An average 1,000-pound idle horse will consume a minimum of 10 to 12 gallons of fresh, potable water each day. As the temperature and humidity rise, the horse’s primary cooling mechanism kicks in, and even idle horses begin to sweat and consume more water. If they are working hard and the temperature is above 70˚ F, adult horses can consume 20 to 25 gallons of water per day. To prevent overheating, make sure clean water is offered regularly, even during work.
Another way to prevent heat stress in horses is to ensure that barns, paddocks and stalls are properly ventilated. Barn doors and windows should be kept open (when safe) to allow air flow. Additional fans may be added to increase circulation around the horse within its stall. Water misting systems are available and may decrease the temperature by as much as 10 degrees; however, you will find limited success with this tool due to the humidity in Louisiana.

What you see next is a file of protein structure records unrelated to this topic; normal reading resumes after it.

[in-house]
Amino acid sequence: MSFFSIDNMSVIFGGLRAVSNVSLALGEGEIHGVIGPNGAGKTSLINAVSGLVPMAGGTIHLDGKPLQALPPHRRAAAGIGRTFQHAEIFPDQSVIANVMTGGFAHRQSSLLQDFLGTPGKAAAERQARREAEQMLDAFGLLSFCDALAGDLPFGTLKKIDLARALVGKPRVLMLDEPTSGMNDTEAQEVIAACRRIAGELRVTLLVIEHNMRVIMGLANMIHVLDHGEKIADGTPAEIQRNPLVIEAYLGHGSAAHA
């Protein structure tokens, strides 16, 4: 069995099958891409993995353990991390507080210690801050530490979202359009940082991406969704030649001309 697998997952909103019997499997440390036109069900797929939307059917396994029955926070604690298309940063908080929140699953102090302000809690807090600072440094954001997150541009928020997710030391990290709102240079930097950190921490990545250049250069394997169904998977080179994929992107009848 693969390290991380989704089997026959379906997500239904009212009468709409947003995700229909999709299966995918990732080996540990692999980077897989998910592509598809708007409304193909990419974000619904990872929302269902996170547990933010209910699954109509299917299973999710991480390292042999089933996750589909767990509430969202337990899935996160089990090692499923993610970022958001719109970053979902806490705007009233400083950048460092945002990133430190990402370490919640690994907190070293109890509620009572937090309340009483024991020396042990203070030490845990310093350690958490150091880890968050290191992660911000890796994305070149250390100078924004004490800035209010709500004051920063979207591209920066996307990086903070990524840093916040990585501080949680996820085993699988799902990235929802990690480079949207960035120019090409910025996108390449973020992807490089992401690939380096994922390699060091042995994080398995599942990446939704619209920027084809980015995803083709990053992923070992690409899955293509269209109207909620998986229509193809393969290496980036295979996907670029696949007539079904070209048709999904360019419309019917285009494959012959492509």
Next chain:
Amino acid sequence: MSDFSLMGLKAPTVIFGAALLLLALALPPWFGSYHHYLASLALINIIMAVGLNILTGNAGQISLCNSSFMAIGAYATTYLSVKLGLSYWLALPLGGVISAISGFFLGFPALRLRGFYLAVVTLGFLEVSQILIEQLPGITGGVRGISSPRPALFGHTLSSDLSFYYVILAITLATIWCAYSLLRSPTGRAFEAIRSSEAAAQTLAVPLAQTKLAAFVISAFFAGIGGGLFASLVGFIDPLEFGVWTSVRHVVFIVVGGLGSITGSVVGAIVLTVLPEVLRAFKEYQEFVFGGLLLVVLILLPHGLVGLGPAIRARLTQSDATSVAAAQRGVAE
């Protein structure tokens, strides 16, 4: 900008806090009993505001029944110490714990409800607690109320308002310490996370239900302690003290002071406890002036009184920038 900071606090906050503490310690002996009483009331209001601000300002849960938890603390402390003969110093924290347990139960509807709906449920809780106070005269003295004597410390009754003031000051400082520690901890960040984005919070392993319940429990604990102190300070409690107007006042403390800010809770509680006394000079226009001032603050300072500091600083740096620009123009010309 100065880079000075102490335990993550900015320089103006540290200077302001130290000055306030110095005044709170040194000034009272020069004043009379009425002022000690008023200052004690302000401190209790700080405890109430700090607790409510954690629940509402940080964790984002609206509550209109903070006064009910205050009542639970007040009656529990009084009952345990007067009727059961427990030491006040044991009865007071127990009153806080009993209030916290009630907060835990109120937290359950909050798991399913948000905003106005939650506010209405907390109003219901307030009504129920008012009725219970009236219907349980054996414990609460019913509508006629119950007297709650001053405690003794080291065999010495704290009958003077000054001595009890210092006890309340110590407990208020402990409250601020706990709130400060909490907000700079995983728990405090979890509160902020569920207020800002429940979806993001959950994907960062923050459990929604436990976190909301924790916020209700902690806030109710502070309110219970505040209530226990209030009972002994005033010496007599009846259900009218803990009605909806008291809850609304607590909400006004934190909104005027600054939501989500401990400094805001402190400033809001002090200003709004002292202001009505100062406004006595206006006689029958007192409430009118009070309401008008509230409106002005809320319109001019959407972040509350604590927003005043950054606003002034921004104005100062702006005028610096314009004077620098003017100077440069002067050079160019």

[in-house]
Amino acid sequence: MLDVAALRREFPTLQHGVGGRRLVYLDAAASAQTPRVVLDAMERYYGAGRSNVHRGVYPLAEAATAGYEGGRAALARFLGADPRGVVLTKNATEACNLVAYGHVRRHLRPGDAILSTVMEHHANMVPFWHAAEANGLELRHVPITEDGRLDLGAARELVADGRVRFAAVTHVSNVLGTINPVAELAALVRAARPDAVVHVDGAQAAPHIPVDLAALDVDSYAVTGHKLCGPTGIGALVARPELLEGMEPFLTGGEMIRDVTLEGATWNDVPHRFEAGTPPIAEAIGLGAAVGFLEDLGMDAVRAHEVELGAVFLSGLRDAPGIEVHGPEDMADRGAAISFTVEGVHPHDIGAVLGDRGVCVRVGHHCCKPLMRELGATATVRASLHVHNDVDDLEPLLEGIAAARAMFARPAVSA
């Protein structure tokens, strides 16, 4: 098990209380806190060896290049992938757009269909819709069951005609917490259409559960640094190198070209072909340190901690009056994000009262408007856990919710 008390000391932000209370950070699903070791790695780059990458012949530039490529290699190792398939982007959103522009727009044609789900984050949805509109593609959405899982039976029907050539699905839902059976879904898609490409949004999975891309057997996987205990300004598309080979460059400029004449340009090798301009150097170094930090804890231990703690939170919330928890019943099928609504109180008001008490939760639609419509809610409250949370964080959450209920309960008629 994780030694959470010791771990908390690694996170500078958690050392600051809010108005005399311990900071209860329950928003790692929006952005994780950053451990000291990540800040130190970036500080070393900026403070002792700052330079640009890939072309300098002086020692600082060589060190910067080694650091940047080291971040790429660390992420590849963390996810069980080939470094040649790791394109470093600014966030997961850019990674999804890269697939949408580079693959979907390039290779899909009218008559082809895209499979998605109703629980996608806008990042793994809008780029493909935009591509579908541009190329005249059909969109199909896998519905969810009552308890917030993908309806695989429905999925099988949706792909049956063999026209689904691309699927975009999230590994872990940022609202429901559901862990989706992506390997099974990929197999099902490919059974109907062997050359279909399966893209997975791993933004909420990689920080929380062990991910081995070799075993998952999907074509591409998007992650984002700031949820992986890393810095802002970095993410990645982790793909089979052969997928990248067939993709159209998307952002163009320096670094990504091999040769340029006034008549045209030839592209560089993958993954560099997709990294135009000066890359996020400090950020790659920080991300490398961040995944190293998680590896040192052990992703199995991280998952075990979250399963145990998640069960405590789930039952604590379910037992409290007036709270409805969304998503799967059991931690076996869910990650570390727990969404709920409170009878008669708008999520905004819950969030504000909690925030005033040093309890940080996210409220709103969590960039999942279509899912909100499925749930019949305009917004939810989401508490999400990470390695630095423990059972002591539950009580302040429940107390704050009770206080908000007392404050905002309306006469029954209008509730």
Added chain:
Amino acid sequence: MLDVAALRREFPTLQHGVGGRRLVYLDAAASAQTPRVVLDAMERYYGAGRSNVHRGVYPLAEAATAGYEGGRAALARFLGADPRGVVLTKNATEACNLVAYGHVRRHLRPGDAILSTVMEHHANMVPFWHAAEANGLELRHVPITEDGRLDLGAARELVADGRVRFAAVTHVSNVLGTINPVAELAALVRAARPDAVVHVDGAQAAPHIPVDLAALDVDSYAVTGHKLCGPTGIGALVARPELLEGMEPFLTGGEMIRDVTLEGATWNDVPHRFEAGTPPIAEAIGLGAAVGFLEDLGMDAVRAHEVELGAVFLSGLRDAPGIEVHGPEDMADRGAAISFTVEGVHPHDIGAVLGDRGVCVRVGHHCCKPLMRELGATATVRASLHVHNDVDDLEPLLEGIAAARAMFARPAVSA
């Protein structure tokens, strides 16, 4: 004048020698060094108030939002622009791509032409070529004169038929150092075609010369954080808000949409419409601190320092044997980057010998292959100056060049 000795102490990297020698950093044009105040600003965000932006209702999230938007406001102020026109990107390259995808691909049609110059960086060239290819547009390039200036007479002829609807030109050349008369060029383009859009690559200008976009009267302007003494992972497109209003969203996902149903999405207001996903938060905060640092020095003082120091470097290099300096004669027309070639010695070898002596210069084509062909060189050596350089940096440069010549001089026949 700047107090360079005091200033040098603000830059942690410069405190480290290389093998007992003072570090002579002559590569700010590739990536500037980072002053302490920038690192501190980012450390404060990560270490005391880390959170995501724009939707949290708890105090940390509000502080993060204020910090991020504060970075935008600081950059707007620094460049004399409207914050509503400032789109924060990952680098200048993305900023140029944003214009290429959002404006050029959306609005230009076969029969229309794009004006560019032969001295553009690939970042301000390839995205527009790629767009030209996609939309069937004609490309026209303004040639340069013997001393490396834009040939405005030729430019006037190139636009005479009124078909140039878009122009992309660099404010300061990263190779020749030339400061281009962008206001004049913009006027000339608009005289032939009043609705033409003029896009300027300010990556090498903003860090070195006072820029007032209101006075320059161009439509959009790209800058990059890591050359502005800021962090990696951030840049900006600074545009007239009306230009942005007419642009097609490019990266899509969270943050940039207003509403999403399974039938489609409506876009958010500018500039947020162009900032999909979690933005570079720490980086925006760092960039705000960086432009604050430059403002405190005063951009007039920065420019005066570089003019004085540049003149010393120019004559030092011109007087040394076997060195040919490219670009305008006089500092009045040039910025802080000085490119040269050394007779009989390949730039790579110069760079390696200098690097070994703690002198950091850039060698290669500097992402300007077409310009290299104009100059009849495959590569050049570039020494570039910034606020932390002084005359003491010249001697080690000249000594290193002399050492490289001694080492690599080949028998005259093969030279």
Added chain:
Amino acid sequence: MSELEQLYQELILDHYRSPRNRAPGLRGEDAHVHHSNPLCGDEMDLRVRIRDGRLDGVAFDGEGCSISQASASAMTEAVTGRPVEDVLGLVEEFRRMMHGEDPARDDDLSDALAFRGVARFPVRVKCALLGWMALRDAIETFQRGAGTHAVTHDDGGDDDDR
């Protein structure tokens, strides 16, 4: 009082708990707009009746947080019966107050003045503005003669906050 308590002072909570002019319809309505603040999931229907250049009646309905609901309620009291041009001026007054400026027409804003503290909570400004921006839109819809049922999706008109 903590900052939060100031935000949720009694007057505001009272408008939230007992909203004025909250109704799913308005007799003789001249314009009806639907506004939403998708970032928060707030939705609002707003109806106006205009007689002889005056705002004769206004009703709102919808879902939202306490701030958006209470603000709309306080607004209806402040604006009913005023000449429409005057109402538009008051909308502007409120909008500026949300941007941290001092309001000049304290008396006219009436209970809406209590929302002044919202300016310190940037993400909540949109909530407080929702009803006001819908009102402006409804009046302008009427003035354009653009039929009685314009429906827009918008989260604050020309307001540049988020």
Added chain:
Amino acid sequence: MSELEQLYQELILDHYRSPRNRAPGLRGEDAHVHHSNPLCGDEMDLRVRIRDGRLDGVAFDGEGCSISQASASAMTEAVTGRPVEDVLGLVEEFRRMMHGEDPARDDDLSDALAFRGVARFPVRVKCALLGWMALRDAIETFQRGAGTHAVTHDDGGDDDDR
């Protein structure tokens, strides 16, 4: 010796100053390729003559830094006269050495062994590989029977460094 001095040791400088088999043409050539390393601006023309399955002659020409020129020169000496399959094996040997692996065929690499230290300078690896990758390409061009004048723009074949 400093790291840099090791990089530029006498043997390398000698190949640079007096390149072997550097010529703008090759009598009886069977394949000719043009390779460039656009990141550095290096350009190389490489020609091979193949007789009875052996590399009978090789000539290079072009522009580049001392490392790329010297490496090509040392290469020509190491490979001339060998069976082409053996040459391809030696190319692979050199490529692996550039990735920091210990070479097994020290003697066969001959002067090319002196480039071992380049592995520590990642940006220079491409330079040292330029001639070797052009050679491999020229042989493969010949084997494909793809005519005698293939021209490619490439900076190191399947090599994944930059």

The way you feed your horse also may play a role in its ability to stay cool this summer. All equine rations should contain salt. Rations for an idle, mature horse should contain 0.5% salt, while working horses should have 1.0% salt, daily. If you feed a premixed complete ration, the salt already will be added to the feed. However, as added insurance, free-choice salt or mineral blocks should be provided because each horse’s salt requirement varies. As long as horses have free choice of water available, extra salt consumption is not typically a problem. Crude protein also should not exceed 12-14% of the total ration for the working, adult horse. The protein content in the ration for an idle, mature horse should be closer to 10%. Excessive protein can cause the generation of additional metabolic heat during the digestion process. The dissipation of this extra body heat places more demands on the horse’s ability to cool down.
A horse’s conditioning also will play a large role in its ability to sustain the summer heat. Good management requires owners and trainers to acclimate horses to the environment with proper fitness programs before working a horse in high humidity or heat. Even a well-conditioned horse can become overly stressed if the temperatures are above normal. Riding in a covered arena (when available) or when the temperatures are cooler (early morning or evening) is a way to prevent direct sun exposure and overheating. Spend additional time to properly cool your horse after riding.